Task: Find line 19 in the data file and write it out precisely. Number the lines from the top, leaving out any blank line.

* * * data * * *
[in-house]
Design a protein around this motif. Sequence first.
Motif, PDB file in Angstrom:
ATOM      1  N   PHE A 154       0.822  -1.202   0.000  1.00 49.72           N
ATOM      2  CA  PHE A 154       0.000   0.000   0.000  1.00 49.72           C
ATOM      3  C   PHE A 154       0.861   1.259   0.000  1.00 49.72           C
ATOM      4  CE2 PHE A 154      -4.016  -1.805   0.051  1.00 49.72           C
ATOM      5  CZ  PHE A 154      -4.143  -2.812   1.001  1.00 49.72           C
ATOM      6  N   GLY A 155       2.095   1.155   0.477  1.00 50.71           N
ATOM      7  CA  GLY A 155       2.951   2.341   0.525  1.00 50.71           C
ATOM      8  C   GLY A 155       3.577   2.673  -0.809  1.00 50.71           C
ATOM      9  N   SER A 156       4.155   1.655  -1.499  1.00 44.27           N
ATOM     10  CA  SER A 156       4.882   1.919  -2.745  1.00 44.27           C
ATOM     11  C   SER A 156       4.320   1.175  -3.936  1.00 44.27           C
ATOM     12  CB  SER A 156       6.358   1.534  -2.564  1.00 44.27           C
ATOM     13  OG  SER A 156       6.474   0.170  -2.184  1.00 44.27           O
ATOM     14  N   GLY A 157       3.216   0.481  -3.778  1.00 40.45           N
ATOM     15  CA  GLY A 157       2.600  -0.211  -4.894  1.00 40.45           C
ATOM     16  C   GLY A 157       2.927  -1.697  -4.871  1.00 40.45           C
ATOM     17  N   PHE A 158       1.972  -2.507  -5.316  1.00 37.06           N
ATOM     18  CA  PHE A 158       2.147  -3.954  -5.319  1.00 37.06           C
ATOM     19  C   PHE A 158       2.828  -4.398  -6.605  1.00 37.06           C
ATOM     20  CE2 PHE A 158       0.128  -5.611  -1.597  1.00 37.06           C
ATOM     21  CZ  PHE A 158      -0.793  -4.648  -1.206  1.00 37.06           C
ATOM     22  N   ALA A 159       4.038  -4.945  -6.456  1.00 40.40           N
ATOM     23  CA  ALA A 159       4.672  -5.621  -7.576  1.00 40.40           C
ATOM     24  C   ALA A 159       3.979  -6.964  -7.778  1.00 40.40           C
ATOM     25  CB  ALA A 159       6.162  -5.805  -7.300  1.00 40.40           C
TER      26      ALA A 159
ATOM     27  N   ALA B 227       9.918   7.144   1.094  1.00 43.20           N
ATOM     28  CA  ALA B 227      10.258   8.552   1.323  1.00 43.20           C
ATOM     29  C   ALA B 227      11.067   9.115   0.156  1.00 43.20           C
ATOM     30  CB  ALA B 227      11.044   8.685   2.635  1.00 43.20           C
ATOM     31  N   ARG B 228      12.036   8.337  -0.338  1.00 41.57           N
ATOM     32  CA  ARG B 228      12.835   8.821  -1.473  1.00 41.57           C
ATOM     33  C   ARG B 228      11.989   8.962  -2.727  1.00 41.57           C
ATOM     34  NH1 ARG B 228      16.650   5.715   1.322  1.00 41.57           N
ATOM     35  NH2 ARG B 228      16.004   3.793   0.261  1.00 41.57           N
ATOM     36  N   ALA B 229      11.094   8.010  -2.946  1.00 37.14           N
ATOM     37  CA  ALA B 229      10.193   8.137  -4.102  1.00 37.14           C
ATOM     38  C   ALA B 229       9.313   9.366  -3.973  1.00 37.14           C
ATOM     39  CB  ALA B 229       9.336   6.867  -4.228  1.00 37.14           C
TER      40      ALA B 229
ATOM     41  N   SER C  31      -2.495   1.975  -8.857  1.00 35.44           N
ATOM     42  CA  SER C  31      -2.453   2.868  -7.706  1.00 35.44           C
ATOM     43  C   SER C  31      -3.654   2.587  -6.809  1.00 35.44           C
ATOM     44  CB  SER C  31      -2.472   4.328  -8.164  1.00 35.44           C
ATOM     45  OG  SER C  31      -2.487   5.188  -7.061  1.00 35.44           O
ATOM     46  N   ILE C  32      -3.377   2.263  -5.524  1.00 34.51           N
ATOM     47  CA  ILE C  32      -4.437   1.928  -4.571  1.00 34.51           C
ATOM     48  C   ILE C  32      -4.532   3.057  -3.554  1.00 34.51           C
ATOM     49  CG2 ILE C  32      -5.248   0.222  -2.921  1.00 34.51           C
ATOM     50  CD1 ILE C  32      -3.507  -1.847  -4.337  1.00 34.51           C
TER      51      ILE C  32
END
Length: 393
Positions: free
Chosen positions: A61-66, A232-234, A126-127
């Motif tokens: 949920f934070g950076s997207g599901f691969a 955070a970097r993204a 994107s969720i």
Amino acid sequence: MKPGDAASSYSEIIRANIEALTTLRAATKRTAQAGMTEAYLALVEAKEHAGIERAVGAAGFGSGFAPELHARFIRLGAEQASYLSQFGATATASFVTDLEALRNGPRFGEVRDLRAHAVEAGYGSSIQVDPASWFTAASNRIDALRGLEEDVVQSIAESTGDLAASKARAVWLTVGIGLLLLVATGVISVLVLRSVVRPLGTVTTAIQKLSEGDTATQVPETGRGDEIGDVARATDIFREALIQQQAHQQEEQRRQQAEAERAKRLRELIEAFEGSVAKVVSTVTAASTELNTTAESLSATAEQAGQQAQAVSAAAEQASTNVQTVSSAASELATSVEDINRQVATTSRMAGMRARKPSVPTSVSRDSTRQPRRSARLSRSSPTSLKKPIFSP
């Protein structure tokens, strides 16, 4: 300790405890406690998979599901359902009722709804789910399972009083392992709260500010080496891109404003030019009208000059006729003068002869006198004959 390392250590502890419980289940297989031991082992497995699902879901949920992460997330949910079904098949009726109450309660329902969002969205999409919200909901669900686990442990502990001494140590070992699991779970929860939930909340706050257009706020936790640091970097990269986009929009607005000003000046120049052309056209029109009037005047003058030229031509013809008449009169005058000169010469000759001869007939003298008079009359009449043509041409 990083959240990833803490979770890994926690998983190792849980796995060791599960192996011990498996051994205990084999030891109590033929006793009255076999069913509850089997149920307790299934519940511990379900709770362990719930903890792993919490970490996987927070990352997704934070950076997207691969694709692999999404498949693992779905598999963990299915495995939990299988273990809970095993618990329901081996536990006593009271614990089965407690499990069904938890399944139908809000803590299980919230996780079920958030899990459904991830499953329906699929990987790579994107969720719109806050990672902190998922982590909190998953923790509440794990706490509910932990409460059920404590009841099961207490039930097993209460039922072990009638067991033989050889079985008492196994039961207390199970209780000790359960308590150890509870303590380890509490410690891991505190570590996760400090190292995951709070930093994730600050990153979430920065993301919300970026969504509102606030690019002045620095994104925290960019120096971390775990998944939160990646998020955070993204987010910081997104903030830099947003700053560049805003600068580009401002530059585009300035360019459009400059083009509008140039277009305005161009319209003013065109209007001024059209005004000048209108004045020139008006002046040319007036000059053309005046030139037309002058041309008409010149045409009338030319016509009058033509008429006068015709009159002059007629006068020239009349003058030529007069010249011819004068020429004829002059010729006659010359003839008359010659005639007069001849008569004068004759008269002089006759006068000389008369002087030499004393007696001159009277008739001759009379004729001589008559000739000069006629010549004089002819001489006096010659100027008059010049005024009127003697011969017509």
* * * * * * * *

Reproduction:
ATOM     16  C   GLY A 157       2.927  -1.697  -4.871  1.00 40.45           C